Monday, February 18, 2008

Buddy Guy explains the Pussy

“Want to go see Koko Taylor?” the bard asks me from her computer on a Wednesday night. My last night in Chicago is coming up. We had discussed up on my arrival all the things I wanted to do while I was in the city. Between the two of us and several other good friends we had managed to cover pretty much all of it. I could have used more time with one or two friends flung far out of my vacation trajectory, but I managed with what I had to work with. I’d say I hit it head on. Or, in other words, “I came, I fucked, and I conquered.”

So it was arranged with the Bard that we would be joined by Young Kubrick and would head out on the last night to attend to the live blues music part of my vacation that still wanted to be accomplished. It was Friday night and we were going to Buddy Guy’s.

Buddy Guy is a legend. Buddy guy also runs Buddy Guy’s legends. You cannot do better for live blues music than the little blues bar that could on the end of the South Loop in the part of downtown Chicago that doesn’t really close. Once the arrangements had been made I packed my bags and checked them twice, got all gussied up (though I think the Bard yet again managed to outdo me [it’s the red hair]) and off we went.


The plan was simple. Get there early, eat fantastic food, get good seats, watch Koko, continue to make mischief elsewhere.

Kubrick joined us at 7 and we scooted down LSD to the loop to catch the music. There is a palpable thrum of excitement on the road, maybe it’s the last night in Chicago, maybe it’s the anticipation of the good music, maybe it just the company, maybe it is just going, it is exciting, it’s tense, and it all happens far to quickly for comfort.

We managed to park the car quickly enough and after that is was just a matter of getting in to have our good time. We walked down the crisp cold city street towards the club. While we hadn’t rushed we did manage to get in around 7:30 and figured that we had done a fairly good job of timing it. We continued to believe that until we walked into the bar and paid our tip to Koko’s Fund for Indigent Musicians. Somebody has got to help the indigent musicians. We looked around the stage. It was packed.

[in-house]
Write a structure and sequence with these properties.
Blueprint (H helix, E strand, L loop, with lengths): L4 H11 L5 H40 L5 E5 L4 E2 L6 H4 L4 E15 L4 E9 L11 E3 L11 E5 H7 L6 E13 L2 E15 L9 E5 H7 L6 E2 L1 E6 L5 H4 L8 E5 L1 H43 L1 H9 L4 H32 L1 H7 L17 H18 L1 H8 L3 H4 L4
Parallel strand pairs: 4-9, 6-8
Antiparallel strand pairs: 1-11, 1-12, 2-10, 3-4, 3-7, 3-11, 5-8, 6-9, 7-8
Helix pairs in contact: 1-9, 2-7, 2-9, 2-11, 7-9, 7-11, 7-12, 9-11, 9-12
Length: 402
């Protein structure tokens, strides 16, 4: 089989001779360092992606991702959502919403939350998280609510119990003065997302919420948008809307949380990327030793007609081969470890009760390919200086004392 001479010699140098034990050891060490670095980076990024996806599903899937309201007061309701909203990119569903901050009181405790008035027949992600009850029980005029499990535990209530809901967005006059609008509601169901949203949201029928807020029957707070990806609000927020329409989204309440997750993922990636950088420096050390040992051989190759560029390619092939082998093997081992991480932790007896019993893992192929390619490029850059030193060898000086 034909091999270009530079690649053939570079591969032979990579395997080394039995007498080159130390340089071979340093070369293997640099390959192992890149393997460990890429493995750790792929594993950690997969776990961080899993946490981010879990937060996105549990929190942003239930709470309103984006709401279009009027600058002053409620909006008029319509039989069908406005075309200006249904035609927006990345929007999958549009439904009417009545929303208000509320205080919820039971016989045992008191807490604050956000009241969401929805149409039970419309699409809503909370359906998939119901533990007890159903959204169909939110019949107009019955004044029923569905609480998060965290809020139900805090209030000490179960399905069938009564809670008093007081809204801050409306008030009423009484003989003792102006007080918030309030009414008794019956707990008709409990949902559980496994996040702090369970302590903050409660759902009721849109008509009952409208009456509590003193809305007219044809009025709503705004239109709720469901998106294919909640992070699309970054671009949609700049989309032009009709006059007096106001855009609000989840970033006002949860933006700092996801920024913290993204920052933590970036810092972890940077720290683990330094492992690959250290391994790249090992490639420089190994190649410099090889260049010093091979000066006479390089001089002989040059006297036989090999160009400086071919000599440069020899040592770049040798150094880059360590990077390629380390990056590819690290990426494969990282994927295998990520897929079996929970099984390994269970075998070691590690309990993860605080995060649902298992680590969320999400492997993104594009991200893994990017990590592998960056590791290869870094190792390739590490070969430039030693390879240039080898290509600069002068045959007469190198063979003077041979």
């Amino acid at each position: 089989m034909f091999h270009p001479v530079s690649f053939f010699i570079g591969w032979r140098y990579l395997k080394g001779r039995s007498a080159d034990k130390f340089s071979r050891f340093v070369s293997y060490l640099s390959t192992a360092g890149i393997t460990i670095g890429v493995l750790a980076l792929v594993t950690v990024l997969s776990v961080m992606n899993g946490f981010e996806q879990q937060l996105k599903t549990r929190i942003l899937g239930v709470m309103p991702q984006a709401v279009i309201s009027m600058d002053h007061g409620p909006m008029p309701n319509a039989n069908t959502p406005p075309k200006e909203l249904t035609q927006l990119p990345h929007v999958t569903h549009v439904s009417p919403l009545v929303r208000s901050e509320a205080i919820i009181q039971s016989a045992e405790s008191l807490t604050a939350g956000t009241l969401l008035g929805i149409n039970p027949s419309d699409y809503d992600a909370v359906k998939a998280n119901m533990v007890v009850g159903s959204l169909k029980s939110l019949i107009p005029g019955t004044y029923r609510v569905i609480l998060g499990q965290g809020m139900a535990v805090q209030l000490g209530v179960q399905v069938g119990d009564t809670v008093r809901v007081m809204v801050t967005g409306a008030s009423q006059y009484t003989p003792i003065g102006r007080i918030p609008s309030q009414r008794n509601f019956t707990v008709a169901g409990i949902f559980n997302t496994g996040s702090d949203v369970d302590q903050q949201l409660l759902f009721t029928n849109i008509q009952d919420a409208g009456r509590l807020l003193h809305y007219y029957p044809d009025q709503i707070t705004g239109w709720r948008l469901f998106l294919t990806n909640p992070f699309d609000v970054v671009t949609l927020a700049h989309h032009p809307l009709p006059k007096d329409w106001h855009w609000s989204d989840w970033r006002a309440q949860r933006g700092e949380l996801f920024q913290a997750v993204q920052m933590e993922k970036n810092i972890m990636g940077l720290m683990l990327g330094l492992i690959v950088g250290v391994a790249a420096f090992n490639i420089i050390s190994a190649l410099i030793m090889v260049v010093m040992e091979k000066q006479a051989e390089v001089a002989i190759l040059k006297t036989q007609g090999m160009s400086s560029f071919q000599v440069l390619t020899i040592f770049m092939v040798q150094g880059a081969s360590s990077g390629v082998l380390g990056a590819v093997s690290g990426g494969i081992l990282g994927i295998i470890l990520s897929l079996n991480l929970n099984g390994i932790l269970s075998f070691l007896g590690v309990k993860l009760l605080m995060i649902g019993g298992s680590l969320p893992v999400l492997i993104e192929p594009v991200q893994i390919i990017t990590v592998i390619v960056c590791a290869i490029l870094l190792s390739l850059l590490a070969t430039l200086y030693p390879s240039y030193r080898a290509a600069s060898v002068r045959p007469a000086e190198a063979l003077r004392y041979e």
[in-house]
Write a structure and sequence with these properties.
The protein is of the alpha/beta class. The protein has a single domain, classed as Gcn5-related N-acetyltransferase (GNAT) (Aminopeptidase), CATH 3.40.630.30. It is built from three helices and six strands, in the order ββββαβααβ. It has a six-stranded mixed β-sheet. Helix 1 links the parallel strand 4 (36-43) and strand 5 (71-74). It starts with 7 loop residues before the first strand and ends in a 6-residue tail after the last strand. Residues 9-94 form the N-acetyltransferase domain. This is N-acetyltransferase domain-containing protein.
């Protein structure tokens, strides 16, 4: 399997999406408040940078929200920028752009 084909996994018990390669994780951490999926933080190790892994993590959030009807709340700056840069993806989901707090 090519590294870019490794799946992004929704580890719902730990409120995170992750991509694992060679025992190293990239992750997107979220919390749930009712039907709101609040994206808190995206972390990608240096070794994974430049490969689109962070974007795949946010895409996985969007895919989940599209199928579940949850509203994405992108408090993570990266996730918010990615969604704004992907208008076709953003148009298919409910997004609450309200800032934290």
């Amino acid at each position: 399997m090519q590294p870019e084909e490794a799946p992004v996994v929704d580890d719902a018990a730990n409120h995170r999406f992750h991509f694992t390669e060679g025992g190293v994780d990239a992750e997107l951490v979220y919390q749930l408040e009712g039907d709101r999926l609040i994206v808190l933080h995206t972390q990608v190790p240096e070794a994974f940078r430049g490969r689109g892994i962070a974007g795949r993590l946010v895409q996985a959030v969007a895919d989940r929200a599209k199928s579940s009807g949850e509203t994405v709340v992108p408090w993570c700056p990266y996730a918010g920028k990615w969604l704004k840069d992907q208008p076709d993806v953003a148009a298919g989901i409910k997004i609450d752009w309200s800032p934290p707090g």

And not just a little packed.

There were so many people in that bar that it was barely standing room. While there were a number of tables, they were all full of people munching down on the various Cajun goodies that were to be had at Buddy Guy’s. There was not a seat at all on the floor for watching the show.

“What are the chances someone will leave before the show starts,” I ask.

The Bard just looks at me.

So we had back around the corner where we came. By the door there is a large bar full of people and there just happened to be a few empty seats at the end. There were empty seats at the end for a very good reason. From this position you could not see the stage at all. However, seats meant a place to sit and talk and eat while waiting for Koko and I didn’t mind at all if I had to stand in the back of the bar to watch and listen when she finally made the stage. So without much ado we all sallied up to the bar, ordered tall drinks and a menu, and made like we were hungry people.

Side Note: By the way, Cajun crawfish poppers are really, really, really good. My god the things I would do to people if they offered me Cajun crawfish. I guarantee they are probably illegal in six states and would get me stopped at the border before I could even enter Texas.

We ordered food and backed our faces, sharing things back and forth while drinking it up and enjoy the night. I was feeling rather content and full of good music and walked up to the get a few photos at some point. We kept moving back and forth and talking. We talked and talked and didn’t really look much as an older gentleman walked into the bar and sat at the chair behind us. It was one of the last chairs in the house and there was no view at all from there so it wasn’t really all that surprising that he picked that spot to sit in. We kept with the drinking while someone kindly took away our plates.

As with any bar conversation there are pauses and lulls, at some point I turned to the Bard not thinking and she said “Yes, it is, but that’s not the question you are going to ask.”

“What?”

“Yes, but that’s not the question.”

“What’s the question?”

“I’ll tell you in a second.”

I’m trying to figure out how much I’ve had to drink at this point because something has gone completely over my head. I turn to young Kubrick to ask him and he looks about as confused so both of us turn back around and focus on the Bard and try to figure out what is going on.

“Yes, it IS.” She says with intent.